He would be close to 80 years old now, maybe 82. He was a tall boy, a child of the Great Depression, but in 1940 he possessed a wagon and a jaunty cap, the sort that Spanky wore in the “Our Gang” movie shorts, or Jimmy Cagney in his “Roaring 20s” movies.
Heritage Arts Gallery in Michigan, N.D., is having an art and gift sale this weekend, featuring artists from the Heritage Arts Gallery, at the C'Mon Inn in Grand Forks. Hours are Saturday from 11 a.m. to 7 p.m. and Sunday from 11 a.m. to 4 p.m.
Landowners have until Aug. 16 to vote on a $2.66 million Michigan Spillway flood control project that could divert pooling sheet water away from the city of Michigan, N.D., and relieve about 40,000 acres of agricultural and rural road flooding in Nelson County.
The water is safe to drink and use in Michigan, N.D., Mayor Allen Orwick said Thursday, and the boiling order was lifted in the afternoon. The city had been without drinking water after the water system was damaged by two separate rain storms last week. The problem was fixed Wednesday, but water needed to be tested at a lab in Grand Forks before it was deemed safe to drink.
Michigan, N.D., residents got their water turned back on early Monday morning and officials are hopeful the water can stay on this time.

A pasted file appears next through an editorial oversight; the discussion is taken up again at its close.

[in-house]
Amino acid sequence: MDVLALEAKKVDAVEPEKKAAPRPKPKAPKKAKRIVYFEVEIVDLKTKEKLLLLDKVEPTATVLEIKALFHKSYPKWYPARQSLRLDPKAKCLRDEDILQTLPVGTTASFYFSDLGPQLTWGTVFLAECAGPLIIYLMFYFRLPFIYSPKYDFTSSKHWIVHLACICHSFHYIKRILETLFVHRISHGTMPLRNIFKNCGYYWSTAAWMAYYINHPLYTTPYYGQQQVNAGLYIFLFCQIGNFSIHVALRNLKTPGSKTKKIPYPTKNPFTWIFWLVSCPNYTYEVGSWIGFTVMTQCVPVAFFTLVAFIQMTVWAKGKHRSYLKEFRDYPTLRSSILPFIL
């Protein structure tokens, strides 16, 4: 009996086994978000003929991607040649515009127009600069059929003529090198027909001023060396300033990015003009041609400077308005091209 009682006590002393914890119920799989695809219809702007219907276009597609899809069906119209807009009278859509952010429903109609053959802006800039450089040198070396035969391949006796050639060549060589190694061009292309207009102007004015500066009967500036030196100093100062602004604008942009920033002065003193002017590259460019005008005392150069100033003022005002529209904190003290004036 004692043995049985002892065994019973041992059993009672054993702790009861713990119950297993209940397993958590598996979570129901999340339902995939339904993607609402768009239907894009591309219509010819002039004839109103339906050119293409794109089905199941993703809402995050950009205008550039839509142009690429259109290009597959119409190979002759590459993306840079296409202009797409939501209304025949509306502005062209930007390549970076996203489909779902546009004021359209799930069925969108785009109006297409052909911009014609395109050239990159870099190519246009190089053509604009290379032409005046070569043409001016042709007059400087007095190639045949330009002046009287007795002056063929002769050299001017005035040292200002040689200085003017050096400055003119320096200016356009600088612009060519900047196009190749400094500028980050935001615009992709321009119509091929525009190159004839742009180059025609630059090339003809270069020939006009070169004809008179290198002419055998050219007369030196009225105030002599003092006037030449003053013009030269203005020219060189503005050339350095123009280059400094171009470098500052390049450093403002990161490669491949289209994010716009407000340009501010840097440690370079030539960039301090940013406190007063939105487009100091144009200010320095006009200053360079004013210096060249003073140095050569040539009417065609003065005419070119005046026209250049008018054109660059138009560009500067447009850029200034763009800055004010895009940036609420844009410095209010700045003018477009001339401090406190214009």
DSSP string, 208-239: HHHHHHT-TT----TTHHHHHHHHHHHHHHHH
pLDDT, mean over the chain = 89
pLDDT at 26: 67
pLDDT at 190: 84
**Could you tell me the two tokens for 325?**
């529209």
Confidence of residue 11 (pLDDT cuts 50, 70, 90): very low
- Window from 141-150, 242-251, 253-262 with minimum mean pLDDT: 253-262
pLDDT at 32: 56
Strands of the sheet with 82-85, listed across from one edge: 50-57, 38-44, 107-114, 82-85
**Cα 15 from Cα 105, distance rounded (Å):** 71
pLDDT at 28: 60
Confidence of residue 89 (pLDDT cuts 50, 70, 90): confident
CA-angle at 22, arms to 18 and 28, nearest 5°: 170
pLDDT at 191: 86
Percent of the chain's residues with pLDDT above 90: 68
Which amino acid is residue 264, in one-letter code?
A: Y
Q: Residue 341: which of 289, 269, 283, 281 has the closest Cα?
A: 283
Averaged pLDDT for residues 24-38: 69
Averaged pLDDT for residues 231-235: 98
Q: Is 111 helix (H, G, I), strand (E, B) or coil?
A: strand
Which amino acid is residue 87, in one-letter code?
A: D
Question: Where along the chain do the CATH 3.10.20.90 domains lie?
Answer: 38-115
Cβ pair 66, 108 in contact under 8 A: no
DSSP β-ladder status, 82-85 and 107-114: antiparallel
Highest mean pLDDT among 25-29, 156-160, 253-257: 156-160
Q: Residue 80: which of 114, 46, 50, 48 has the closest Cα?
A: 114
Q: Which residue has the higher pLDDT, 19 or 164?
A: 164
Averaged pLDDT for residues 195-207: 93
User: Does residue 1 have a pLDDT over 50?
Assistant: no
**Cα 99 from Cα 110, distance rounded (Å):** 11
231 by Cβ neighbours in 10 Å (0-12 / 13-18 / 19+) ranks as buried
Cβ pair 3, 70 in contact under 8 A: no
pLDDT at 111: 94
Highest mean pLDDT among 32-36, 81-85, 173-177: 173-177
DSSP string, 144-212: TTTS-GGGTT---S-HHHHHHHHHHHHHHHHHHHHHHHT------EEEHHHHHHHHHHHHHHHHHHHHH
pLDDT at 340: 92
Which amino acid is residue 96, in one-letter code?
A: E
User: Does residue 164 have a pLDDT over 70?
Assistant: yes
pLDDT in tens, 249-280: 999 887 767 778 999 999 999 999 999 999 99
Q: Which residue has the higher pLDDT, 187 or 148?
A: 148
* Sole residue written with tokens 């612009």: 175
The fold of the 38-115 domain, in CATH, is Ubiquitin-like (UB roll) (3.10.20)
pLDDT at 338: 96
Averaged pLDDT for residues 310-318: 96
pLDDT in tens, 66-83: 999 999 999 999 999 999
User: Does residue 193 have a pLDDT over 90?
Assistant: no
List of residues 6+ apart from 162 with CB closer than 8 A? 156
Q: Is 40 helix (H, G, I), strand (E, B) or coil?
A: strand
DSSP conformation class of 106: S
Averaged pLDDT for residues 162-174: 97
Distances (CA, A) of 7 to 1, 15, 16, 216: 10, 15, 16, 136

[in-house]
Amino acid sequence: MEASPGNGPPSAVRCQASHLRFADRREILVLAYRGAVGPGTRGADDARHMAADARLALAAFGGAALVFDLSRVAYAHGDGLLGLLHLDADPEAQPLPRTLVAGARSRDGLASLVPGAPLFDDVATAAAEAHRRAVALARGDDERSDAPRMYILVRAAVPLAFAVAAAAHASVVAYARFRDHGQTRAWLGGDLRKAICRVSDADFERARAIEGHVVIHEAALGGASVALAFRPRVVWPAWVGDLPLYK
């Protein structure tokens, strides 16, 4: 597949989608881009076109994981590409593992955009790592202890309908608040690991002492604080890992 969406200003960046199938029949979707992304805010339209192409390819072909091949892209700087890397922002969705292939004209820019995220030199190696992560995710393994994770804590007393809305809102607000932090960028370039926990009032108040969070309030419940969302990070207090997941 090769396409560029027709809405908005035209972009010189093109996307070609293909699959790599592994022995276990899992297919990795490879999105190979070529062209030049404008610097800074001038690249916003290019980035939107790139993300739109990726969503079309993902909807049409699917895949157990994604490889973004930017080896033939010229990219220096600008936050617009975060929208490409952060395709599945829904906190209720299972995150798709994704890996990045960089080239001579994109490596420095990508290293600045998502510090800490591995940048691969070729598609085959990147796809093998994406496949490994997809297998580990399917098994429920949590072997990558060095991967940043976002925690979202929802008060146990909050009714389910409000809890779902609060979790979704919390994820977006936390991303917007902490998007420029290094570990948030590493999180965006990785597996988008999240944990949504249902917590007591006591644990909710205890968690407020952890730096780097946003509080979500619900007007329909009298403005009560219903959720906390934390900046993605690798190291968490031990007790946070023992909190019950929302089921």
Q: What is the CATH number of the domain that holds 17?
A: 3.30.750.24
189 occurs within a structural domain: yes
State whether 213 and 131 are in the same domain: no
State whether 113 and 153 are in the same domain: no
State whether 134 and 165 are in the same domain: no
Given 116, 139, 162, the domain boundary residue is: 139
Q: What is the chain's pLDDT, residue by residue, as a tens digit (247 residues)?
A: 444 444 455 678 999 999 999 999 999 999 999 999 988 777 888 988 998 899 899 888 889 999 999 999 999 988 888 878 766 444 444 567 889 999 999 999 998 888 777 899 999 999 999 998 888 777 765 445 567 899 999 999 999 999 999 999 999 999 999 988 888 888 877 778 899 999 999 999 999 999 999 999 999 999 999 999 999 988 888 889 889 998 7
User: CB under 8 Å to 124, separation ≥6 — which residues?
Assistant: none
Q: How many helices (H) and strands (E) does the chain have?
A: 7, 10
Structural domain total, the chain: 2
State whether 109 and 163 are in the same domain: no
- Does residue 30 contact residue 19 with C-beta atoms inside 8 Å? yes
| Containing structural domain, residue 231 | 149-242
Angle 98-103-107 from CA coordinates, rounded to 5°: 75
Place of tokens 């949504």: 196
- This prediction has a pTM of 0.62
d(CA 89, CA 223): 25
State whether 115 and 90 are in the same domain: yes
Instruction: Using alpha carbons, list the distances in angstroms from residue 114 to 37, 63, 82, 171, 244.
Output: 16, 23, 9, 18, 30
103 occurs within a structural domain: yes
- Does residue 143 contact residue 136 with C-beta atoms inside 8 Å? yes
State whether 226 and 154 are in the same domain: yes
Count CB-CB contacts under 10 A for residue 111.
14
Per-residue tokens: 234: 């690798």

But it could still take a while to pinpoint and fix the problem that has crippled the sewer system in the town of 345 located between Grand Forks and Devils Lake.
The water was turned on for longer than scheduled Sunday for residents of Michigan, N.D.
“We had scheduled the water to be turned on from 9 a.m. to noon, then 3 to 6 p.m., then 8 to 11 p.m.,” said Allen Orwick, Michigan mayor. “But a change in the discharges from the lift station allowed us to leave it on from 3 to 11 p.m.”
Crews in Michigan, N.D., will try to provide residents with water for a longer period of time.
The town’s 345 residents were allowed water use from 10 a.m. to noon and 7:30 to 9:30 p.m. Saturday, Mayor Allen Orwick said.
Water has nowhere to go in parts of northeast N.D. For more than a week this summer, the only way Maynard and DeLores Lillehaugen could get to and from their farm home was with a 4-wheel-drive tractor down a muddy, water-covered driveway more than a quarter-mile long.
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